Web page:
As I stood at a recent rally in front of County Executive Edward Mangano's office, it occurred to me that our government representatives are using our most vulnerable residents as pawns in their fiscal standoff ["Nassau can't close books just yet," June 29].
Our elected officials seem to be reneging on a bipartisan agreement to reserve red-light camera revenues for youth and senior services. Why? Is it because our most fragile neighbors cannot stand up and fight for themselves? What will they do next year when they fail again to deliver a balanced budget? Who will be on the chopping block then?
It is time for our legislators to do their jobs and protect and serve all the people of Nassau County, especially our most vulnerable children and seniors.
Philip M. Mickulas, Hempstead
Editor's note: The writer is the president of Family and Children's Association, which provides services to teens and homeless youth in Nassau and Suffolk counties.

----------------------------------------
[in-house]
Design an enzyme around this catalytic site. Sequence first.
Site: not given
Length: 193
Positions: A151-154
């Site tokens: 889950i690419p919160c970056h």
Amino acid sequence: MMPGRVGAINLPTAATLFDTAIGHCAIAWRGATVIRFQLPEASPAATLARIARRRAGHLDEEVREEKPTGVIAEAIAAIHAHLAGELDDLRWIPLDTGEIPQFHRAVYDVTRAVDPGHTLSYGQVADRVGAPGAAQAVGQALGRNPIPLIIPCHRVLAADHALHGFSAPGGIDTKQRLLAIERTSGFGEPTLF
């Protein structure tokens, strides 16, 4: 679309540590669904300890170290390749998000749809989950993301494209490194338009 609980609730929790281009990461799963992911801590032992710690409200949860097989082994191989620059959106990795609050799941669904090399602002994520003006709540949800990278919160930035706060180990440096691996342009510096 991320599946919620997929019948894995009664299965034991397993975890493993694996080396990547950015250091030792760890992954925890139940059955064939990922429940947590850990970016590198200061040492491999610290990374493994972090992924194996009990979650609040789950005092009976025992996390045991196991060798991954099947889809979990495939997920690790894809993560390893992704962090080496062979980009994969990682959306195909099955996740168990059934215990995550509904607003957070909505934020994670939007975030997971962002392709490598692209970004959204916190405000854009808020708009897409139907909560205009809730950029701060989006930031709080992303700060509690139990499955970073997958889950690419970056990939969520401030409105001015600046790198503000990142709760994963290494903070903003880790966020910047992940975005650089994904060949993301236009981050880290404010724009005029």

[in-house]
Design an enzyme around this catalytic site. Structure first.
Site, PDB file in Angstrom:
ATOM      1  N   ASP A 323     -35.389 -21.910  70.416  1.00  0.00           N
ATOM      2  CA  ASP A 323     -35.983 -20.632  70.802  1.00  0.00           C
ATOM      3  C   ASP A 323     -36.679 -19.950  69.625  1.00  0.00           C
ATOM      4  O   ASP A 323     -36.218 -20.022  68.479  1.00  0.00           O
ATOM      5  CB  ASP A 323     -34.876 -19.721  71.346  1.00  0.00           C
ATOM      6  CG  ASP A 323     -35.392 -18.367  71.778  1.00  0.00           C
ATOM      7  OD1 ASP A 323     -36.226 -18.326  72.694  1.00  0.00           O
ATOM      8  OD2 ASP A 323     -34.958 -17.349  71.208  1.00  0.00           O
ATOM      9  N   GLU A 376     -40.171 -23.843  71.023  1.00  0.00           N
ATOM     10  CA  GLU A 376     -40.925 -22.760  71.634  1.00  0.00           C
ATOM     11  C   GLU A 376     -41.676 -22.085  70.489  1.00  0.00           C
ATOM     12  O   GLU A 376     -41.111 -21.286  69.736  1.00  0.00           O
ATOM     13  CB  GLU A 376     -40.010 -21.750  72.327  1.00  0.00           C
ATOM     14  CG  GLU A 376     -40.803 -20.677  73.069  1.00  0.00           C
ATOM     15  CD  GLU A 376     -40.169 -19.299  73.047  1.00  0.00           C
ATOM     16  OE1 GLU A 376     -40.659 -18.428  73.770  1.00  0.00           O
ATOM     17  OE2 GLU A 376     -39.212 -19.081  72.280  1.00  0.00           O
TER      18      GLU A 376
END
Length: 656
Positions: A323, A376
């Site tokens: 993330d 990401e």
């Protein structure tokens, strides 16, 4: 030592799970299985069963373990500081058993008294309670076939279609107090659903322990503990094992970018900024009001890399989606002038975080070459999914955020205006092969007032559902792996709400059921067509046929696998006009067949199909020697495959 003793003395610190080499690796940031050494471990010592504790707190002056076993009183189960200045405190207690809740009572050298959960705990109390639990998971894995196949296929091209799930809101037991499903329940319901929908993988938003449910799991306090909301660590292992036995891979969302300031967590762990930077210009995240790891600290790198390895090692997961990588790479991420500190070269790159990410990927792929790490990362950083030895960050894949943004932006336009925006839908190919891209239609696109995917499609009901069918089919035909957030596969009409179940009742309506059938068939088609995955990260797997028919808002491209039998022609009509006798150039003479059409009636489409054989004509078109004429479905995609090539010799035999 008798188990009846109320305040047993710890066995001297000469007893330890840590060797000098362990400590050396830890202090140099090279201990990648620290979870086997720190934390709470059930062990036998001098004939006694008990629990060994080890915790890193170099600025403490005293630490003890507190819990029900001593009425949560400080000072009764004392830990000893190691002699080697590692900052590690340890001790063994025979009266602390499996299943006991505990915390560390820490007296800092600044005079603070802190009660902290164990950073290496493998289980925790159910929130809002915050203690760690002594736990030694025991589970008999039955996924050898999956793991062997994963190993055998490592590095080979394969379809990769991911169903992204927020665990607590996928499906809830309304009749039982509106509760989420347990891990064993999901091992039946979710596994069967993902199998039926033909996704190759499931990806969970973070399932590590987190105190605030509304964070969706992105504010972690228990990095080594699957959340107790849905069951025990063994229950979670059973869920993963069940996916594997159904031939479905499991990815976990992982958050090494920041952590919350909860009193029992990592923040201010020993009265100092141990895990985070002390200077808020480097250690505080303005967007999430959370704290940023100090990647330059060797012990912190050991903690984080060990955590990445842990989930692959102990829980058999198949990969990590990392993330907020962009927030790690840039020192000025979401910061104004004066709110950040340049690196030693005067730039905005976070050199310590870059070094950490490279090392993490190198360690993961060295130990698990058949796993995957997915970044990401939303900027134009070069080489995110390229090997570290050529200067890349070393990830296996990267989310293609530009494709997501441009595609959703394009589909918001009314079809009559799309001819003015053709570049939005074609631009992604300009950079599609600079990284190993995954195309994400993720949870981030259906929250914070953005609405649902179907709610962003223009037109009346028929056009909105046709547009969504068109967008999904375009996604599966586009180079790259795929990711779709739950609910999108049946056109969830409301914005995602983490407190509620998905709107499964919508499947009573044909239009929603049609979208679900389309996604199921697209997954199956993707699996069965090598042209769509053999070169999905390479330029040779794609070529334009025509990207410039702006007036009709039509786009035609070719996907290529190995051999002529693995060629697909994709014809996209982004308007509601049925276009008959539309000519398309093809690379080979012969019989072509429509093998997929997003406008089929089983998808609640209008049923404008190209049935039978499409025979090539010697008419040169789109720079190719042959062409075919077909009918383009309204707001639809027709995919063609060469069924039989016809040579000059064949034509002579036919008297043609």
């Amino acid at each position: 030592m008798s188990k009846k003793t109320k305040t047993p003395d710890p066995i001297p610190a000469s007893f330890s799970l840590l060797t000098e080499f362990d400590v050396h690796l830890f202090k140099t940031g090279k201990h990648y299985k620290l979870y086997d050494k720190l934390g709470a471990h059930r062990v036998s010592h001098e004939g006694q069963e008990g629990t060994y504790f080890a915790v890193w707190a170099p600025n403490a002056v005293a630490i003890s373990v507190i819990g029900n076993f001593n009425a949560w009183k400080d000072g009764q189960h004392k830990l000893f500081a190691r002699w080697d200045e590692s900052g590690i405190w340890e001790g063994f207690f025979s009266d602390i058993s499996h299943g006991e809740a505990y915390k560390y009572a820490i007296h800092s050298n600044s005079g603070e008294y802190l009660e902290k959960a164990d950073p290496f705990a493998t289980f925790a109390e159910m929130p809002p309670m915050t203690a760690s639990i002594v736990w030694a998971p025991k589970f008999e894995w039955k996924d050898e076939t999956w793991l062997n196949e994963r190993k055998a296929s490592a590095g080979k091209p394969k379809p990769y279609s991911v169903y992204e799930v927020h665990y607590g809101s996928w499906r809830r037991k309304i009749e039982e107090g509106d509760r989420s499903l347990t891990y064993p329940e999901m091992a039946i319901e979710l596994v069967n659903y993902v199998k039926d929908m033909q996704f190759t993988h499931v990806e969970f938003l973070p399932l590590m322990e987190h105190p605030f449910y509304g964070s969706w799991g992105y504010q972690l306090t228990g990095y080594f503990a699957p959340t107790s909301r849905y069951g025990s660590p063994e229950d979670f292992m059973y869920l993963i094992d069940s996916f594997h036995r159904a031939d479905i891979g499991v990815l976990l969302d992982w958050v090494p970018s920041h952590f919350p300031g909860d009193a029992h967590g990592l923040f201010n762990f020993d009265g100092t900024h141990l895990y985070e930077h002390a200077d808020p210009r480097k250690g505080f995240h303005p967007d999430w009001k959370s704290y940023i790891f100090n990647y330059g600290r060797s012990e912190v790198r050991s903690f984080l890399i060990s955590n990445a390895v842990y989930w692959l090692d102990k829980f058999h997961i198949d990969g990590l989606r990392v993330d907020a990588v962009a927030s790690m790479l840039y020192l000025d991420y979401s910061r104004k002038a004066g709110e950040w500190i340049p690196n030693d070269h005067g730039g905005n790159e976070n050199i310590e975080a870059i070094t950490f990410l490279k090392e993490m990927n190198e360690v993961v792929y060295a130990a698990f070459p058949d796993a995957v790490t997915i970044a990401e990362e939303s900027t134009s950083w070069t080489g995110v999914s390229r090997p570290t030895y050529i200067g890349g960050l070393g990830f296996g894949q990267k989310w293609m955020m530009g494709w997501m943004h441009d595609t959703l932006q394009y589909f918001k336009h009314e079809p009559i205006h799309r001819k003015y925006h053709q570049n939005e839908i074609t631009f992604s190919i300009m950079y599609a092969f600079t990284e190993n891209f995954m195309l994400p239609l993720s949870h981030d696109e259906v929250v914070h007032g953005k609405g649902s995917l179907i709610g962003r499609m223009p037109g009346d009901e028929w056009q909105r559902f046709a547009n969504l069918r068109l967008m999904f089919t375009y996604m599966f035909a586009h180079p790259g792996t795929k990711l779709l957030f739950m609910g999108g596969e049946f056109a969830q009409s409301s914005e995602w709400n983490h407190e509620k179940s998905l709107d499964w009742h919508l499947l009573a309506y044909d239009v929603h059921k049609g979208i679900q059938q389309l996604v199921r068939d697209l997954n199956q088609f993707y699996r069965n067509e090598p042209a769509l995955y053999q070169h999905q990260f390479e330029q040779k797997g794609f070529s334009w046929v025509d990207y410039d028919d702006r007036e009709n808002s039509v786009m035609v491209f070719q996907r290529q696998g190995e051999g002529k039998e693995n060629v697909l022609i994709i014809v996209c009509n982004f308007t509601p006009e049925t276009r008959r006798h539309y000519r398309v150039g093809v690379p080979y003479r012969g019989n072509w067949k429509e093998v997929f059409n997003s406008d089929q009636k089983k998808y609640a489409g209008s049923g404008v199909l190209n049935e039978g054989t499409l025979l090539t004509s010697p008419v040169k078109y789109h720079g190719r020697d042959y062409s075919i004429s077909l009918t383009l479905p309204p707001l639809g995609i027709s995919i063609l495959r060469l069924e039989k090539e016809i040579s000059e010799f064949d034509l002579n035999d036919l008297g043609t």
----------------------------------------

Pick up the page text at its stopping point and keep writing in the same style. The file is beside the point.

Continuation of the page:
Child care cutbacks are a disgrace ["Child care cut back," News, July 3]. We want the poor and homeless to get jobs so they can take care of themselves, but we start them off with a minimum wage of $7.25 an hour, or about $1,250 for a month's work. We know that on Long Island you can't possibly pay rent, buy food, run a car and pay for child care on that amount, even with both parents making minimum wage.
So to help these families, we offered subsidized child care if they were working. Now, we are taking that away from 1,200 children in Suffolk County where we were trying to get people back to work.
In the Suffolk County budget, $1 was added per ride on the minibus that transports disabled people on fixed incomes, in order to help balance the budget. I would suggest that the 25 cents we were going to charge ferryboat riders to Fire Island, many of whom are not on fixed incomes, be raised to $1.
Peter Barnett, Sayville